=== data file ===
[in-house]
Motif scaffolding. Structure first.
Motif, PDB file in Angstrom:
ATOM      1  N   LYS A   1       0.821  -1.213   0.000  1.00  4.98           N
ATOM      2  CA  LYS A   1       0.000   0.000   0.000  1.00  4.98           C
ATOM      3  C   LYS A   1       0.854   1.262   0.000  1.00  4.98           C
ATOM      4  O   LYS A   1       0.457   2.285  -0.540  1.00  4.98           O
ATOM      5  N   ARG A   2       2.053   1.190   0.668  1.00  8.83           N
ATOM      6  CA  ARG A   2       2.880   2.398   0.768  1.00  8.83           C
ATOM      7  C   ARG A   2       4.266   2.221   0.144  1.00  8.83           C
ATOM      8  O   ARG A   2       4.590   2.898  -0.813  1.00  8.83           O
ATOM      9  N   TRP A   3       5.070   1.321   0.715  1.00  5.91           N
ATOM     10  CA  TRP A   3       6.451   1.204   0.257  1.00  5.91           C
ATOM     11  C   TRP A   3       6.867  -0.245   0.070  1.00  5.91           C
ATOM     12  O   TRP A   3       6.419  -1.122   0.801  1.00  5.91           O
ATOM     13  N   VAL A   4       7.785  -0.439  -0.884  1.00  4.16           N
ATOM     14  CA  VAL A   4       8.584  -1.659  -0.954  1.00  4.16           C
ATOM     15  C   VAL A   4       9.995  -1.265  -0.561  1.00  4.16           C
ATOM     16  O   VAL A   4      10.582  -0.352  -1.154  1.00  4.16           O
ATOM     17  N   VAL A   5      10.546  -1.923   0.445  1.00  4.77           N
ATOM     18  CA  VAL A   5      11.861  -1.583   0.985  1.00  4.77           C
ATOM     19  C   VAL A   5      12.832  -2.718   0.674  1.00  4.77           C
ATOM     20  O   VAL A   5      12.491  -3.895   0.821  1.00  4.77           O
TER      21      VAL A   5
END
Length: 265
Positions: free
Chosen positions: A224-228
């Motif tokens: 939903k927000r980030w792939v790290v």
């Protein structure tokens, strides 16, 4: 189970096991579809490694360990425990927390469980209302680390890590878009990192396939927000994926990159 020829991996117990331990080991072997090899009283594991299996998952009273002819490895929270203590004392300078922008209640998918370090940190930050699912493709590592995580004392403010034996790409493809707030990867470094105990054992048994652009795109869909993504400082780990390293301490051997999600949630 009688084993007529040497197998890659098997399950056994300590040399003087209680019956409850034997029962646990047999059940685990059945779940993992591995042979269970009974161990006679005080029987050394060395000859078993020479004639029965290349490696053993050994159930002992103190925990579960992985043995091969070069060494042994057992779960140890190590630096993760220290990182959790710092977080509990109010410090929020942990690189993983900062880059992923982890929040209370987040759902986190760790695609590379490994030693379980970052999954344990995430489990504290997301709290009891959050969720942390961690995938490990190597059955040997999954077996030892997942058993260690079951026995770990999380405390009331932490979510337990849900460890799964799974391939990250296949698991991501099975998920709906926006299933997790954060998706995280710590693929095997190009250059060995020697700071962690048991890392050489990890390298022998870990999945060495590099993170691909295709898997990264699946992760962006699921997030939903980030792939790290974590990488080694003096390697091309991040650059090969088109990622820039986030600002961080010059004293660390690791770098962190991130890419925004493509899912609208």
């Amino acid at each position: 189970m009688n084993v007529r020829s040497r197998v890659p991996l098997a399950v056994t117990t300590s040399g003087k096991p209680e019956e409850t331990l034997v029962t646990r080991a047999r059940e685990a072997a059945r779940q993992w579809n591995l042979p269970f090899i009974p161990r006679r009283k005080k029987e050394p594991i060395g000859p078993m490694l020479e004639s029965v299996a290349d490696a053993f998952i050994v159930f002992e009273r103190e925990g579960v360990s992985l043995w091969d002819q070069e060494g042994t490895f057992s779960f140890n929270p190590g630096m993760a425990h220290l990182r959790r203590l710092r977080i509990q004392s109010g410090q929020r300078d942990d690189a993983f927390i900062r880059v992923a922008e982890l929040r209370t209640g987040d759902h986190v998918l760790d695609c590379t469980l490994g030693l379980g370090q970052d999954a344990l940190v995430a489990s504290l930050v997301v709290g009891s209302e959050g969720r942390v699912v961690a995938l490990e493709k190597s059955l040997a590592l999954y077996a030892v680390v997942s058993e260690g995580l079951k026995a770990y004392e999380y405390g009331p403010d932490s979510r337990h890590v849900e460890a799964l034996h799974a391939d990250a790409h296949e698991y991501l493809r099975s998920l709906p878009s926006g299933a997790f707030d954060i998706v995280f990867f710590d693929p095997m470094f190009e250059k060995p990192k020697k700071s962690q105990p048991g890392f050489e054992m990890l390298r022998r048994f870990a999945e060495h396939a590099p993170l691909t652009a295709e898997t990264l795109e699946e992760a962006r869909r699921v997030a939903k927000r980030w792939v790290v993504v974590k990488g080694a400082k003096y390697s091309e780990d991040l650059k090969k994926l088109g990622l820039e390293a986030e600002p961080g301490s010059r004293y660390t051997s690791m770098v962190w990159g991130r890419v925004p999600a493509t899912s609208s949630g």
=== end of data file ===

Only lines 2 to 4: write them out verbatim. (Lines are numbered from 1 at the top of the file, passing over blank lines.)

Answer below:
Motif scaffolding. Structure first.
Motif, PDB file in Angstrom:
ATOM      1  N   LYS A   1       0.821  -1.213   0.000  1.00  4.98           N